Wednesday, Nov 21, 2018 | Last Update : 12:42 AM IST

Keep the spark alive

THE ASIAN AGE. | NISHA JAMVWAL
Published : Jun 20, 2018, 12:43 am IST
Updated : Jun 20, 2018, 12:43 am IST

It’s a choice you make. It’s not everyone’s story certainly, but we can all take a bit of learning from it.

A still from Forever My Girl
 A still from Forever My Girl

It’s easy to focus on the unhappy aspects of a relationship, but what it needs to keep the romance alive is accepting your partner as he/she is.

“We met when we were in our twenties, and fell so intensely in love that to us our love seemed more wondrous than any love story!” Tales of romance are always fascinating, so I let Rimi speak on.

“Even a work-travel separation was unbearable, and seemed like he was going away for years and not just three-four days. How desperately we yearned to be travelling together. I’d pick him up from the airport, flushed with the prettiness of love and salon-washed hair!” She continues, and I listen without interrupting. “He is at his best gallantry — his chauffeur-driven luxury car takes us to a lavish hotel, and we get heady over wine and lunch.”

I am listening, and wondering — is the story going to be too good to be true? “Yes, what they say is indeed true, marriage is the death knell of romance. Exactly when it crept in I don’t know, but the nitty-gritties of domesticity and its up-keep sent the fairy-tale illusions flying out of the window,” said Rimi and added, “I would grit my teeth at his wet towel flung over my carved rose-wood dresser chair. And he would throw an expensive bra out of the window if it was inconveniently drying ‘in his face’.

“We both have pressures of building careers. And now, we both were contemplating divorce.” I wonder what’s next, because they’re still married. “I travelled with him on his work, but now it was to get out of the domestic setting I was tethered in — a  chance to put on mascara and a pretty dress. But the electric excitement to be together was not the same.”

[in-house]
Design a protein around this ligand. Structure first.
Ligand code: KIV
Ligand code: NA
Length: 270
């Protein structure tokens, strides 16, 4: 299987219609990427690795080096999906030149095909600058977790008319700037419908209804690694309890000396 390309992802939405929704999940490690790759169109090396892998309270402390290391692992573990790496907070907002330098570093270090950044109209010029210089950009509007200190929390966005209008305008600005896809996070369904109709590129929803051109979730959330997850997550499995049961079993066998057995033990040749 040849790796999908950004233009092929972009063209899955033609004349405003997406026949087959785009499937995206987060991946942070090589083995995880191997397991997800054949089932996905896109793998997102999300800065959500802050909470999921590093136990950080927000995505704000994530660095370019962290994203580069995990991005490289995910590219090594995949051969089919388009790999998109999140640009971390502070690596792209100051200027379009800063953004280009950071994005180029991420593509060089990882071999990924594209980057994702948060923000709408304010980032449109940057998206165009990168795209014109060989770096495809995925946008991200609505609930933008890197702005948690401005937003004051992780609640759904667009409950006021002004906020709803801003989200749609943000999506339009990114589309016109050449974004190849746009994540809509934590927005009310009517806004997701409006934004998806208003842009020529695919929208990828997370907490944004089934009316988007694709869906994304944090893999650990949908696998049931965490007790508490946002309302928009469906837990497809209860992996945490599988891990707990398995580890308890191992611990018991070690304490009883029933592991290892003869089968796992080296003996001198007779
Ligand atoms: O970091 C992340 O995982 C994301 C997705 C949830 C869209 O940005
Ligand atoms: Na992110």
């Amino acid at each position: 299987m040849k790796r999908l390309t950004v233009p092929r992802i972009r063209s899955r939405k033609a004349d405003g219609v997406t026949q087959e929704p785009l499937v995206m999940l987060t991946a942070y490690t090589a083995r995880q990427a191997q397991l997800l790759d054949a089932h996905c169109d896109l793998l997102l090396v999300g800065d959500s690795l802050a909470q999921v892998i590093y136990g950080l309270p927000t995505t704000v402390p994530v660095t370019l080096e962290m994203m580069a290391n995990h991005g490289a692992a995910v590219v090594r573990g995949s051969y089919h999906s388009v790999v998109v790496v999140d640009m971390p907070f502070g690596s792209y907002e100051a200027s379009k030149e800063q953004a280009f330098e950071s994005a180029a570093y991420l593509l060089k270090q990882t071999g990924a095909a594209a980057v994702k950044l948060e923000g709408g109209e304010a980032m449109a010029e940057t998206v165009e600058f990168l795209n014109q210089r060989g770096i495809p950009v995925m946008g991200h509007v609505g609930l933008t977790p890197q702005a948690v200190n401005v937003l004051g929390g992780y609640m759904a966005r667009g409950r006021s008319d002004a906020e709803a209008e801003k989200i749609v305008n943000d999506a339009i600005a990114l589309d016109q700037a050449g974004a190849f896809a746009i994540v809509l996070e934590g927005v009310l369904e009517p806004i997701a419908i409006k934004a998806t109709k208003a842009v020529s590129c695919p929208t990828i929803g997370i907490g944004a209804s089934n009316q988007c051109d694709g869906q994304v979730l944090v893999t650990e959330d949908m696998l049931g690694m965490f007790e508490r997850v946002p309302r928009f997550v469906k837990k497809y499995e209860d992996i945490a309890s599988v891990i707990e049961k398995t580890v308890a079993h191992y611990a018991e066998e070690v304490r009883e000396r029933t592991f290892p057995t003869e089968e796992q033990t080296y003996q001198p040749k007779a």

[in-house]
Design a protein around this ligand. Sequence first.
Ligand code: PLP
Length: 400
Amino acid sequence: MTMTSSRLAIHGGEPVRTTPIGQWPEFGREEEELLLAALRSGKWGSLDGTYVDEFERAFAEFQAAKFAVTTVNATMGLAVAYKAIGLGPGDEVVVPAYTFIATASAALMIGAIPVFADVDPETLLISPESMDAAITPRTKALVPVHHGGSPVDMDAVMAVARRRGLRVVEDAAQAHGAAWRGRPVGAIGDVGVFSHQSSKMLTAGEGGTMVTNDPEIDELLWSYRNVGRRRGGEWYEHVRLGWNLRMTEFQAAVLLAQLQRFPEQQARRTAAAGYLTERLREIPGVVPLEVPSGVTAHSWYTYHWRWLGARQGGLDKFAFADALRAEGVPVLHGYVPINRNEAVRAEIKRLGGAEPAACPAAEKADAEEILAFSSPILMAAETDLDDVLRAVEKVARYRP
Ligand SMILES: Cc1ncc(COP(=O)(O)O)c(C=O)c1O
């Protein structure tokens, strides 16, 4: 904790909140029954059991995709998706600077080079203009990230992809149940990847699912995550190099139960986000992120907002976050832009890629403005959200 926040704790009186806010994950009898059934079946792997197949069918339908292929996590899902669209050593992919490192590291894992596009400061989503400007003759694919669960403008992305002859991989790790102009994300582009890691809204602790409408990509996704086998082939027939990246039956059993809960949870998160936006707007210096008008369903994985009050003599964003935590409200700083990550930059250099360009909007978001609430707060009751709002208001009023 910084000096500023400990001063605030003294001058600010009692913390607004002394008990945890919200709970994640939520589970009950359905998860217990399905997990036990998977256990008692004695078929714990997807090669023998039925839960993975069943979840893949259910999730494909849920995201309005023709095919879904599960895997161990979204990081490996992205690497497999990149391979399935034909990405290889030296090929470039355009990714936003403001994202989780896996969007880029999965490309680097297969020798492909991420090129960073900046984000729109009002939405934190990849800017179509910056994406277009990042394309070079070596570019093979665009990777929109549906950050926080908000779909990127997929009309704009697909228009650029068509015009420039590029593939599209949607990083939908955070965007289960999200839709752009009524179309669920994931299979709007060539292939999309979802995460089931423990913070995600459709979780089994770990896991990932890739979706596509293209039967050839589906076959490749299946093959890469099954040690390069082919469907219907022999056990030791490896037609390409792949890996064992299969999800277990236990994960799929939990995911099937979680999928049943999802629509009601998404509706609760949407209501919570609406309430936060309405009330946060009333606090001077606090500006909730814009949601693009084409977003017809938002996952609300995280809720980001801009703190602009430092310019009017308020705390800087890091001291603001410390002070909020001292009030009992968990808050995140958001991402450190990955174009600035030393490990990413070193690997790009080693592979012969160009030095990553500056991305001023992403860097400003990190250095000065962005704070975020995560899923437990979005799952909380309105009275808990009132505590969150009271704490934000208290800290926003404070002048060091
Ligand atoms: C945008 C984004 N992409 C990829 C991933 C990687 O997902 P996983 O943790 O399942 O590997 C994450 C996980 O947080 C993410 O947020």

They continued to exist in a marriage of more moments of suppressed angst and fewer joys, for eight long years and a baby daughter, till one day tehy landed at a psychiatric counsellor’s office.

Let me put it in a nutshell for my readers. The counsellor helped them see that in their priorities of job and responsibility of a child and running a house, their easy vent to the collected irritability was the partner. Little foibles and differences fossilised into intolerant reactions. When one is frustrated, the immature response is directing the irritability at one’s partner. Irrationally one may lash out about minor matters, almost building up a hate-bank that relegates the lover of earlier times into a bundle of faults that allegedly constitutes her/him into a dark and ugly presence!

One thing at a time, the counsellor helped them prioritise and organise and put things in proportion.

The crux to me is, she realised what we all know — love needs nurture to flower and bloom, or it may wither into indifference. But, more importantly, in the same way, hate also magnifies and grows if you nurture it with blame, fault-finding, resentment and irrational bursts of vented anger. Constant focus on the foibles and mistakes strengthen hate.

Taking your partner for granted is a mistake. It is always wise to value and emphasise the good qualities. Goodwill and gratitude brings bounty into life and makes it beautiful again. Short breaks and some space also enhance the love and desire for each other’s company.  

It’s a choice you make. It’s not everyone’s story certainly, but we can all take a bit of learning from it.

The writer is a columnist, designer and brand consultant. Mail her at nishajamvwal@gmail.com

Tags: relationship, counsellor, psychiatric